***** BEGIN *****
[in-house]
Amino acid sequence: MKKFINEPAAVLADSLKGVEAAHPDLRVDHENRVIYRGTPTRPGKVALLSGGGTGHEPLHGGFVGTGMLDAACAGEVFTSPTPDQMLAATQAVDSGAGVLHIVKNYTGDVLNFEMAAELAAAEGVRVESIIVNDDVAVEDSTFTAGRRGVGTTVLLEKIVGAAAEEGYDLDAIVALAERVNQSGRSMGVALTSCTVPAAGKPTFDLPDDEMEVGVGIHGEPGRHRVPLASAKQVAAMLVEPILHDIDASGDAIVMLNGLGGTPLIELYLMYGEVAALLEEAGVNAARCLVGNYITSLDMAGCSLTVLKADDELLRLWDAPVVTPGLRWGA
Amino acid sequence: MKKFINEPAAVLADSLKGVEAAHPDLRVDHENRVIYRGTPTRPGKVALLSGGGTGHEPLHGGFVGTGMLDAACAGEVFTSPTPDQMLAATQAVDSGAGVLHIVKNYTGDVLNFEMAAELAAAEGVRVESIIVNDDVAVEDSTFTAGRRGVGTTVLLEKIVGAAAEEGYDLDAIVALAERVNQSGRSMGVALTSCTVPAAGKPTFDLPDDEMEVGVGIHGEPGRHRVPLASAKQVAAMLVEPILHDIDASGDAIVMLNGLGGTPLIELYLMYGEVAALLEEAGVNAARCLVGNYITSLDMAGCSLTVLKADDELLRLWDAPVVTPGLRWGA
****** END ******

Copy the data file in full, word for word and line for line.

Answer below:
[in-house]
Amino acid sequence: MKKFINEPAAVLADSLKGVEAAHPDLRVDHENRVIYRGTPTRPGKVALLSGGGTGHEPLHGGFVGTGMLDAACAGEVFTSPTPDQMLAATQAVDSGAGVLHIVKNYTGDVLNFEMAAELAAAEGVRVESIIVNDDVAVEDSTFTAGRRGVGTTVLLEKIVGAAAEEGYDLDAIVALAERVNQSGRSMGVALTSCTVPAAGKPTFDLPDDEMEVGVGIHGEPGRHRVPLASAKQVAAMLVEPILHDIDASGDAIVMLNGLGGTPLIELYLMYGEVAALLEEAGVNAARCLVGNYITSLDMAGCSLTVLKADDELLRLWDAPVVTPGLRWGA
Amino acid sequence: MKKFINEPAAVLADSLKGVEAAHPDLRVDHENRVIYRGTPTRPGKVALLSGGGTGHEPLHGGFVGTGMLDAACAGEVFTSPTPDQMLAATQAVDSGAGVLHIVKNYTGDVLNFEMAAELAAAEGVRVESIIVNDDVAVEDSTFTAGRRGVGTTVLLEKIVGAAAEEGYDLDAIVALAERVNQSGRSMGVALTSCTVPAAGKPTFDLPDDEMEVGVGIHGEPGRHRVPLASAKQVAAMLVEPILHDIDASGDAIVMLNGLGGTPLIELYLMYGEVAALLEEAGVNAARCLVGNYITSLDMAGCSLTVLKADDELLRLWDAPVVTPGLRWGA